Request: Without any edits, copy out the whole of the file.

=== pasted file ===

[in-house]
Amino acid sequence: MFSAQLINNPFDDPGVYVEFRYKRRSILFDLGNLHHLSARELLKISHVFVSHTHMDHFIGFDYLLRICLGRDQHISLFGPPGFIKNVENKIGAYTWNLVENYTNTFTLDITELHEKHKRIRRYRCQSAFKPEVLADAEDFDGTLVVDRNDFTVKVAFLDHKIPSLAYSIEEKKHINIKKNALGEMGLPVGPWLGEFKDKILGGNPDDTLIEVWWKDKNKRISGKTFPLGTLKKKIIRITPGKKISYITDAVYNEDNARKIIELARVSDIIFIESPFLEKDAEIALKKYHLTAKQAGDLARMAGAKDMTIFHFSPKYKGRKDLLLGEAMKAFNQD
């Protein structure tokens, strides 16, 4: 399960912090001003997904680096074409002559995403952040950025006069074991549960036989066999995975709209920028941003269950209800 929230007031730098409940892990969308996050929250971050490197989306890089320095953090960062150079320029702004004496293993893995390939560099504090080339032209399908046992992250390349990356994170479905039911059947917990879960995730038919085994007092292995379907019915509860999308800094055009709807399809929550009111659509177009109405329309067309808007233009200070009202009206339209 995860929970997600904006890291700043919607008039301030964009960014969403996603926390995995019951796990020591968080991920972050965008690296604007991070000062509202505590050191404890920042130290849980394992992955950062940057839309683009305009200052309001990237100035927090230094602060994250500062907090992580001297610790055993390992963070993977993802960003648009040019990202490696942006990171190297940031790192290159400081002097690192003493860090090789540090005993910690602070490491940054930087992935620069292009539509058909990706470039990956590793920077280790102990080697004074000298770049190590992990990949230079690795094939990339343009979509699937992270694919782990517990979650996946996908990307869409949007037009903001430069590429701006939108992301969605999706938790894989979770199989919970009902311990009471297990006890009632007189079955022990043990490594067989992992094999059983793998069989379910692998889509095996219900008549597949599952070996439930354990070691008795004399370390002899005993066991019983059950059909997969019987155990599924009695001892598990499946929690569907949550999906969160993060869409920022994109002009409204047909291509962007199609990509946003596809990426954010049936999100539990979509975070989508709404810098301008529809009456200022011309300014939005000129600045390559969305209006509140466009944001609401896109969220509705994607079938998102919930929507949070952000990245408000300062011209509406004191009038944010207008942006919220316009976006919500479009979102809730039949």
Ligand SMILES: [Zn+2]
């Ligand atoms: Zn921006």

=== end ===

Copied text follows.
[in-house]
Amino acid sequence: MFSAQLINNPFDDPGVYVEFRYKRRSILFDLGNLHHLSARELLKISHVFVSHTHMDHFIGFDYLLRICLGRDQHISLFGPPGFIKNVENKIGAYTWNLVENYTNTFTLDITELHEKHKRIRRYRCQSAFKPEVLADAEDFDGTLVVDRNDFTVKVAFLDHKIPSLAYSIEEKKHINIKKNALGEMGLPVGPWLGEFKDKILGGNPDDTLIEVWWKDKNKRISGKTFPLGTLKKKIIRITPGKKISYITDAVYNEDNARKIIELARVSDIIFIESPFLEKDAEIALKKYHLTAKQAGDLARMAGAKDMTIFHFSPKYKGRKDLLLGEAMKAFNQD
């Protein structure tokens, strides 16, 4: 399960912090001003997904680096074409002559995403952040950025006069074991549960036989066999995975709209920028941003269950209800 929230007031730098409940892990969308996050929250971050490197989306890089320095953090960062150079320029702004004496293993893995390939560099504090080339032209399908046992992250390349990356994170479905039911059947917990879960995730038919085994007092292995379907019915509860999308800094055009709807399809929550009111659509177009109405329309067309808007233009200070009202009206339209 995860929970997600904006890291700043919607008039301030964009960014969403996603926390995995019951796990020591968080991920972050965008690296604007991070000062509202505590050191404890920042130290849980394992992955950062940057839309683009305009200052309001990237100035927090230094602060994250500062907090992580001297610790055993390992963070993977993802960003648009040019990202490696942006990171190297940031790192290159400081002097690192003493860090090789540090005993910690602070490491940054930087992935620069292009539509058909990706470039990956590793920077280790102990080697004074000298770049190590992990990949230079690795094939990339343009979509699937992270694919782990517990979650996946996908990307869409949007037009903001430069590429701006939108992301969605999706938790894989979770199989919970009902311990009471297990006890009632007189079955022990043990490594067989992992094999059983793998069989379910692998889509095996219900008549597949599952070996439930354990070691008795004399370390002899005993066991019983059950059909997969019987155990599924009695001892598990499946929690569907949550999906969160993060869409920022994109002009409204047909291509962007199609990509946003596809990426954010049936999100539990979509975070989508709404810098301008529809009456200022011309300014939005000129600045390559969305209006509140466009944001609401896109969220509705994607079938998102919930929507949070952000990245408000300062011209509406004191009038944010207008942006919220316009976006919500479009979102809730039949």
Ligand SMILES: [Zn+2]
């Ligand atoms: Zn921006």